Health care law’s MLR provision would have saved consumers $2 billion in 2010
A report by the Commonwealth Fund estimated that consumers would have saved $2 billion in 2010 had a key health care reform provision been implemented a year earlier.
Under the Affordable Care Act, insurance companies must devote between 80% to 85% of health premiums to covering medical costs. Insurers who don’t meet the Medical Loss Ratio (MLR) thresholds beginning in 2011 are required to issue rebates to policyholders.
“Consumers can expect to see some relief from high premium costs beginning this year, either in the form of rebates or a reduction in their premiums as insurers lower rates to meet the medical loss ratio minimums,” said Commonwealth Fund Vice President Sara Collins. “Cutting down on administrative and other non-medical costs will lower premiums and help make health insurance more affordable for all.”
Had the MLR rule been applied in 2010, the Commonwealth Fund estimated that insurance companies would have issued nearly $2 billion in rebates last year.
More than 5 million consumers who purchased individual plans would have received rebates ranging from $100 to $300 per person; more than 4 million small businesses would have received rebates ranging from $20 to $489 per person.
During the past two decades, individuals and small businesses have struggled to keep up with double-digit annual rate increases. In California, Anthem Blue Cross announced premium hikes of up to 39% in 2010 and
The MLR provision was designed to hold insurance companies accountable for holding down overhead and administrative costs and to bring premium increases under control.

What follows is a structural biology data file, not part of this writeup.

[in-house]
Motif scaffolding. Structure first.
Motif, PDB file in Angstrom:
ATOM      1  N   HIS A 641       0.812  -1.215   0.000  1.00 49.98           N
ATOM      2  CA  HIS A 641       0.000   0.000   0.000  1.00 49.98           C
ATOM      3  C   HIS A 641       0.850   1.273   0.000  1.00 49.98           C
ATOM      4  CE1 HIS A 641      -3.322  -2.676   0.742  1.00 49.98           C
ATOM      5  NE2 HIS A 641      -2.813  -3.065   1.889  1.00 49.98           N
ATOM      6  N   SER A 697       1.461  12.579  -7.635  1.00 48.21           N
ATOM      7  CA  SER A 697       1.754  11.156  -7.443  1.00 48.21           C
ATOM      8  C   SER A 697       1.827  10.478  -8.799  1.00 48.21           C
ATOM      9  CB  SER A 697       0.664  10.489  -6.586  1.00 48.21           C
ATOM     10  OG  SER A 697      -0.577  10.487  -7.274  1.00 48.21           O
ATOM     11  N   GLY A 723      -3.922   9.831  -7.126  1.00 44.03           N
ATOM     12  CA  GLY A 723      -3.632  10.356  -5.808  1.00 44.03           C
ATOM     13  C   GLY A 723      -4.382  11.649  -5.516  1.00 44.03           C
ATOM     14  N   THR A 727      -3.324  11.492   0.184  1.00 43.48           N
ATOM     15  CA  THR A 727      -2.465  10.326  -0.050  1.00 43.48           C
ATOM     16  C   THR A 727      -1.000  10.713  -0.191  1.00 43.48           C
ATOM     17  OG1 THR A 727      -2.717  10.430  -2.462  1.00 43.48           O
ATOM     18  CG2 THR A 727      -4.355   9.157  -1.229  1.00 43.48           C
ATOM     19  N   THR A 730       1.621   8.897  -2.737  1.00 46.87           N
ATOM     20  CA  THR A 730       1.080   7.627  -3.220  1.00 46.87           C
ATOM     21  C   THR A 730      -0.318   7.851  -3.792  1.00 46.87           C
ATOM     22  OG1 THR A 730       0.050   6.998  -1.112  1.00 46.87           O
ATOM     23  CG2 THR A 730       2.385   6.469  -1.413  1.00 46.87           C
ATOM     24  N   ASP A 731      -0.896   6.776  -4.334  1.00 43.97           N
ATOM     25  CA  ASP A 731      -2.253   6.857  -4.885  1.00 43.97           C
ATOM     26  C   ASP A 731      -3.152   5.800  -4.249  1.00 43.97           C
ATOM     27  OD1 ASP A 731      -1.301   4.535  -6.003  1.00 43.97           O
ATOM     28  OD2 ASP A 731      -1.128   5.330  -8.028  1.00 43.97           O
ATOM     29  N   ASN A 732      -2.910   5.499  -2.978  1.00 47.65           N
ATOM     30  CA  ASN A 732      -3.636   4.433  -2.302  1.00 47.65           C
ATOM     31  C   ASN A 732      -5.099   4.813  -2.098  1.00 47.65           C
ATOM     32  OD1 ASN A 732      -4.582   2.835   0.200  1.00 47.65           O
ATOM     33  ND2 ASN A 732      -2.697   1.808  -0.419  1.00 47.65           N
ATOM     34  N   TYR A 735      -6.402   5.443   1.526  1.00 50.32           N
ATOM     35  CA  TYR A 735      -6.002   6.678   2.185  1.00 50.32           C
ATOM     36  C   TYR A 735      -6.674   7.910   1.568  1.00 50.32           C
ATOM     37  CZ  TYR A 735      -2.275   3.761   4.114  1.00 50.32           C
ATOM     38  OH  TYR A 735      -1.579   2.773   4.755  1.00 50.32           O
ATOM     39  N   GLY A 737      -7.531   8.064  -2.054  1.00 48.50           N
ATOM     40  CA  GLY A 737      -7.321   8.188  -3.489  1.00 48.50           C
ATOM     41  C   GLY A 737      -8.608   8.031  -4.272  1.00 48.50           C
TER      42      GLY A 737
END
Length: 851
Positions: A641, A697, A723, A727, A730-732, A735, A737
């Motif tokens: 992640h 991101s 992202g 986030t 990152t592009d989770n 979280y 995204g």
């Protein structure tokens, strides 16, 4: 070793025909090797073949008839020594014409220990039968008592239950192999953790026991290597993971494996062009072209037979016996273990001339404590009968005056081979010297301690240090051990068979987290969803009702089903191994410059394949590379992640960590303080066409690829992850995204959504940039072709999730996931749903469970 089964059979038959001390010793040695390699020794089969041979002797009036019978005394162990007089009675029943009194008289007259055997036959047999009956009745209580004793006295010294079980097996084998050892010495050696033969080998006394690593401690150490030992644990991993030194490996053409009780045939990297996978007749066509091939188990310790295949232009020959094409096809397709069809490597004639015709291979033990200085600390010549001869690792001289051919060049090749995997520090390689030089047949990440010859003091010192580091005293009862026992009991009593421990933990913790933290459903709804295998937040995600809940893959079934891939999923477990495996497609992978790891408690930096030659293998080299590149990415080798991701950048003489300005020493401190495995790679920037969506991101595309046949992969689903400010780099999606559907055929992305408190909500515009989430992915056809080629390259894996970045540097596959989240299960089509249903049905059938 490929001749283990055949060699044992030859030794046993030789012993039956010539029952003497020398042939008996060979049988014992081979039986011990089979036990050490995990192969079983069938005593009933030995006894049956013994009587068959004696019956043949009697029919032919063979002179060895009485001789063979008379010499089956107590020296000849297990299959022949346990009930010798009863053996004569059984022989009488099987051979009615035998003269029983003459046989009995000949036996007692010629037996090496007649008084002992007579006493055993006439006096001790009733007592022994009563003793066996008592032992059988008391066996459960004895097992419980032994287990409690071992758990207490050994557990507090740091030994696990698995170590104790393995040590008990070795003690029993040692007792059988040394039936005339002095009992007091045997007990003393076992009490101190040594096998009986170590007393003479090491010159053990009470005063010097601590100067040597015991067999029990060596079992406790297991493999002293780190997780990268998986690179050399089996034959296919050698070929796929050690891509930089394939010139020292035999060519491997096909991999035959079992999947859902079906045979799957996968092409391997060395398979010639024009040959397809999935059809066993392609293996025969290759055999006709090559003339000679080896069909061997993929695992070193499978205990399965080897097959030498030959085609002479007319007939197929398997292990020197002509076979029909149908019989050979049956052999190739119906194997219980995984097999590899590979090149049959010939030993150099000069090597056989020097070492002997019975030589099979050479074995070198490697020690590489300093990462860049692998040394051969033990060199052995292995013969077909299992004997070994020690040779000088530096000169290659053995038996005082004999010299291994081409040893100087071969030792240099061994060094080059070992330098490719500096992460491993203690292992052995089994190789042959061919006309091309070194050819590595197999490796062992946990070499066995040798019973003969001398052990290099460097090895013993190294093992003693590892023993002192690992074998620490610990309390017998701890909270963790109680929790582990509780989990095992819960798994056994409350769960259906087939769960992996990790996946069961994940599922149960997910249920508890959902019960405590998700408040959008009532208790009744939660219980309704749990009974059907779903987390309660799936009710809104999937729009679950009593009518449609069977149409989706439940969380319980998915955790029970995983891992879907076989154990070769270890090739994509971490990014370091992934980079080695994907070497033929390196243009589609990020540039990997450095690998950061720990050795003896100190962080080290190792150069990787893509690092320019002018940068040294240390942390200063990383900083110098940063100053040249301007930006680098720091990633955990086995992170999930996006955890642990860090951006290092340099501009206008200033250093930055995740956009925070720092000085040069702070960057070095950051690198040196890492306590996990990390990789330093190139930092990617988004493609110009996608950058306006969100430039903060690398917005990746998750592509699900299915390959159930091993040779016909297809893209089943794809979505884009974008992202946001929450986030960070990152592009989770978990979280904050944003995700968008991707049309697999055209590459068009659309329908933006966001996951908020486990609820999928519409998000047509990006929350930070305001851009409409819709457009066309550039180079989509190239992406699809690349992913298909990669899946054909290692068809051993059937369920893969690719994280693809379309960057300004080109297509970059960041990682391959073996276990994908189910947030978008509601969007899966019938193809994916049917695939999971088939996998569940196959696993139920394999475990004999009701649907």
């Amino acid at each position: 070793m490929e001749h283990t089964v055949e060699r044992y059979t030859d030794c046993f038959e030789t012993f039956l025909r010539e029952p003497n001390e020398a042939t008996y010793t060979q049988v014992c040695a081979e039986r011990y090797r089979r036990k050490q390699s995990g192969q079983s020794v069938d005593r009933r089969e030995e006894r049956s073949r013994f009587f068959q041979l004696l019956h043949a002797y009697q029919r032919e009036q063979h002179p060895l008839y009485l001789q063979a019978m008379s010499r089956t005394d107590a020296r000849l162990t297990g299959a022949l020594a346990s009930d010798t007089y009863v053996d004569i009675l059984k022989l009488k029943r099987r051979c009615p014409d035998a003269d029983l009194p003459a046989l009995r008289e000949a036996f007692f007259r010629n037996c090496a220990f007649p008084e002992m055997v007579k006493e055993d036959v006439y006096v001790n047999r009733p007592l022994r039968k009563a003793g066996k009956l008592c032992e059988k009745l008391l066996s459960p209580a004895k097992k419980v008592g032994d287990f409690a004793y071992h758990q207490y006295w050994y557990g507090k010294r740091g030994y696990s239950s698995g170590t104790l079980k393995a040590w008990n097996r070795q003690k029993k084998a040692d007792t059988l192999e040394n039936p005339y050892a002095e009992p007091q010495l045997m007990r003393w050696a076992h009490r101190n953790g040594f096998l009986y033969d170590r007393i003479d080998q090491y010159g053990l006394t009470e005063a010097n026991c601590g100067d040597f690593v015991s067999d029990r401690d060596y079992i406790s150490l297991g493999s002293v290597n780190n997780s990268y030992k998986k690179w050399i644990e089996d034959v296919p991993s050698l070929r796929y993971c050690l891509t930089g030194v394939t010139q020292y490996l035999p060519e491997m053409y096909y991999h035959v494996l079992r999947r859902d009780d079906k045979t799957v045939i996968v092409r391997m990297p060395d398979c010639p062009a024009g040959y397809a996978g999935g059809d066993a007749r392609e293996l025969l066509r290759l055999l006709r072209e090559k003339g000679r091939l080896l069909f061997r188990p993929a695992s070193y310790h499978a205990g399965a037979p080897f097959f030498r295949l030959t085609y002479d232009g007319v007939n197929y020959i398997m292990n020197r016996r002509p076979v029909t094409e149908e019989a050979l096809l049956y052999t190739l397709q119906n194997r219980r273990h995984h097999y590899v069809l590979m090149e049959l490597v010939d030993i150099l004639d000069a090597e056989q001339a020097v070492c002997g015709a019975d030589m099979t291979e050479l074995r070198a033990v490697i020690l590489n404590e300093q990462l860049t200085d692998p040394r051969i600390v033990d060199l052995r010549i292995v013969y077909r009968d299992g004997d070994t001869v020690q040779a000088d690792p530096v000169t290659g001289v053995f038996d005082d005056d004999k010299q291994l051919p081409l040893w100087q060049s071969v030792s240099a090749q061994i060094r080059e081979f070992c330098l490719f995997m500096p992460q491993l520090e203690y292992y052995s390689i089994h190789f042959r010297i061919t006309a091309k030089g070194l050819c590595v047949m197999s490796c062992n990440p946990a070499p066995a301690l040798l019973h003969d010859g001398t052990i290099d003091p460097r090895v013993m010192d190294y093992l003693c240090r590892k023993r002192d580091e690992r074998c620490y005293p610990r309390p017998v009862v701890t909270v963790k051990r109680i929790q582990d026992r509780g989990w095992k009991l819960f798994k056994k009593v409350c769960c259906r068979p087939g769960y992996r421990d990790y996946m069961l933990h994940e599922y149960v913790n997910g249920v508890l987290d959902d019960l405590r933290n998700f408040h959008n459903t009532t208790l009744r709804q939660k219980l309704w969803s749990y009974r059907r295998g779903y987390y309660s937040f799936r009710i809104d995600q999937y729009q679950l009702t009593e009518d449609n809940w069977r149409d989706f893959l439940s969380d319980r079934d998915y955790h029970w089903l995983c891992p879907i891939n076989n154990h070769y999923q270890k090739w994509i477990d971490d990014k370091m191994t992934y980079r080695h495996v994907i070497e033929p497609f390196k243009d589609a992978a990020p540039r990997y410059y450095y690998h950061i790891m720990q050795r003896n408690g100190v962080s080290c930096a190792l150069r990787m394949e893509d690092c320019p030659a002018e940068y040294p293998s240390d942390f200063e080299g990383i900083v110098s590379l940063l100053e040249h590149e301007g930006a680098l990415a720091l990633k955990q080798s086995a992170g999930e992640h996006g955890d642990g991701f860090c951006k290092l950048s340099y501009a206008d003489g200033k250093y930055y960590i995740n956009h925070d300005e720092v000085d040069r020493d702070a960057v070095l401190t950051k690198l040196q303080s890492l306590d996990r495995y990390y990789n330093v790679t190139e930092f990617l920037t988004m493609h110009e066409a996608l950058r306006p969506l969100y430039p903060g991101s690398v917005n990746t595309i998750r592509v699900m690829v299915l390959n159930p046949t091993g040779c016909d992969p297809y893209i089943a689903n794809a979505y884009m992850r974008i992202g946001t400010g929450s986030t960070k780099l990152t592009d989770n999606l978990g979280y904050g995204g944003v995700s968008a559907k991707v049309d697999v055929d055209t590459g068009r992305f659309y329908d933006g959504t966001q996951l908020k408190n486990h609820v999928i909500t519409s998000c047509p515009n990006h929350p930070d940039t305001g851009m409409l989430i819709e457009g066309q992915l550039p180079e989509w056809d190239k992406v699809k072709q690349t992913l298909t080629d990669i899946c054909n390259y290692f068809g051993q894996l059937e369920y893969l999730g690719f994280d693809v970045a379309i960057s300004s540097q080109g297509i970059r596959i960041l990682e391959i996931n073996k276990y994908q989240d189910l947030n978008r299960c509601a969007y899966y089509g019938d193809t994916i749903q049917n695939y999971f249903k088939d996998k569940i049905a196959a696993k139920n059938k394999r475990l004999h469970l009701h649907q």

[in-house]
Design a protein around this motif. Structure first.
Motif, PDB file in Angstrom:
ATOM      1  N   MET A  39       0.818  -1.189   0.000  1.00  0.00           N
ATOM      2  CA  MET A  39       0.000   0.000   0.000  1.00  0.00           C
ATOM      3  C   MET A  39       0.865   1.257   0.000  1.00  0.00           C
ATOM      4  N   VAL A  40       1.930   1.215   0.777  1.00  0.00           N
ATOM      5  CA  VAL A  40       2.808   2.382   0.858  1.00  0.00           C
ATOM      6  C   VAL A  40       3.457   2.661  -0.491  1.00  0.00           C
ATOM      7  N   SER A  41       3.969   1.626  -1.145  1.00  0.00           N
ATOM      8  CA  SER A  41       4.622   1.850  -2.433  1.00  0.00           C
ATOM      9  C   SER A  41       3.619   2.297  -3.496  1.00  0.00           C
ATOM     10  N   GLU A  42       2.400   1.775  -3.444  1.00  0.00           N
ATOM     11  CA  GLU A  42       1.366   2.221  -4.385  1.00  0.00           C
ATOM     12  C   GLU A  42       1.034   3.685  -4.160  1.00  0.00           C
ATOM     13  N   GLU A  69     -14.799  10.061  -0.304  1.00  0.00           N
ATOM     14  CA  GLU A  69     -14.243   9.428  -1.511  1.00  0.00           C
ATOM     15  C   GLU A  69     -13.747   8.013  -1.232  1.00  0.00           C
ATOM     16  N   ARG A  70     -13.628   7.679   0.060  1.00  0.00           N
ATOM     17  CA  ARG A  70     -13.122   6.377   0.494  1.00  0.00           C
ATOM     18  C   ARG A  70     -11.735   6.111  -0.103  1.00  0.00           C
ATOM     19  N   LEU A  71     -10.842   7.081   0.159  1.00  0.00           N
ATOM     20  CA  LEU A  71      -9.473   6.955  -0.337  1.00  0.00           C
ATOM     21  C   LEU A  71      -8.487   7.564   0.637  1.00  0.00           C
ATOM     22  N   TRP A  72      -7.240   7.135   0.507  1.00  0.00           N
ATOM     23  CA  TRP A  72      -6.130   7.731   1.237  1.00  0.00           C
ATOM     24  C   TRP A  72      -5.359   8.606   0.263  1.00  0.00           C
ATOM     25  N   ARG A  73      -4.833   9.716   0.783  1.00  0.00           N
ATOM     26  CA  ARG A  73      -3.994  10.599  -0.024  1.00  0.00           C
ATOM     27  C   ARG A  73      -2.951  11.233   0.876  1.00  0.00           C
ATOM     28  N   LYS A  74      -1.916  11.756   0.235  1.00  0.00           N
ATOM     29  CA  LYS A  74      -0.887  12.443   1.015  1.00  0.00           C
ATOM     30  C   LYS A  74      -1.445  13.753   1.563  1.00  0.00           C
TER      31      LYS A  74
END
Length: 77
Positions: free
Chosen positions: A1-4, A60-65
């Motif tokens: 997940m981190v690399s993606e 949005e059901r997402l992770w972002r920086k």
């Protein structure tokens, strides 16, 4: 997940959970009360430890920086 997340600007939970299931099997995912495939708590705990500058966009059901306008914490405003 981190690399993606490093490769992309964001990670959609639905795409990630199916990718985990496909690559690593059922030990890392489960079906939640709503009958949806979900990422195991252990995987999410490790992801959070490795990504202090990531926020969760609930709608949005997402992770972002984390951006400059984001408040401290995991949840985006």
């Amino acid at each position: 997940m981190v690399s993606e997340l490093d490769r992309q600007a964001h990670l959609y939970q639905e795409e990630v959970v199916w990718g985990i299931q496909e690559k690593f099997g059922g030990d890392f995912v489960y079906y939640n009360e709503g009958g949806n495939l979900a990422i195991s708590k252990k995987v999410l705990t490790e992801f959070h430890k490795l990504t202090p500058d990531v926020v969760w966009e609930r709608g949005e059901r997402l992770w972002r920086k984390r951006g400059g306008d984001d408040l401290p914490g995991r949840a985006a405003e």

Since the MLR limit went into effect, some small business owners, like Brian England, actually saw their health insurance rates drop.
“It was just total disbelief when [the insurance agent] said it was going to go down 6%,” England said at a Democratic news conference marking the Affordable Care Act’s second anniversary. “We made no major changes to our group. It is the same insurance company, same average age. Everything was the same, and it was going down. So it was just unbelievable news.”
The MLR rule will be repealed if the Supreme Court decides to strike down the entire health care reform law.
- Commonwealth Fund: Estimating the impact of the Medical Loss Ratio rule (PDF)
- Commonwealth Fund: Estimated individual coverage rebates and market shares by state, 2010
- HealthCare.gov: Medical Loss Ratio: Getting Your Money’s Worth on Health Insurance
- HealthCare.gov: Medical Loss Ration definition
- WhatTheFolly.com: Transcript: Brian England on how the health care law helps small businesses
- WhatTheFolly.com: Health insurance costs rising faster than wages & inflation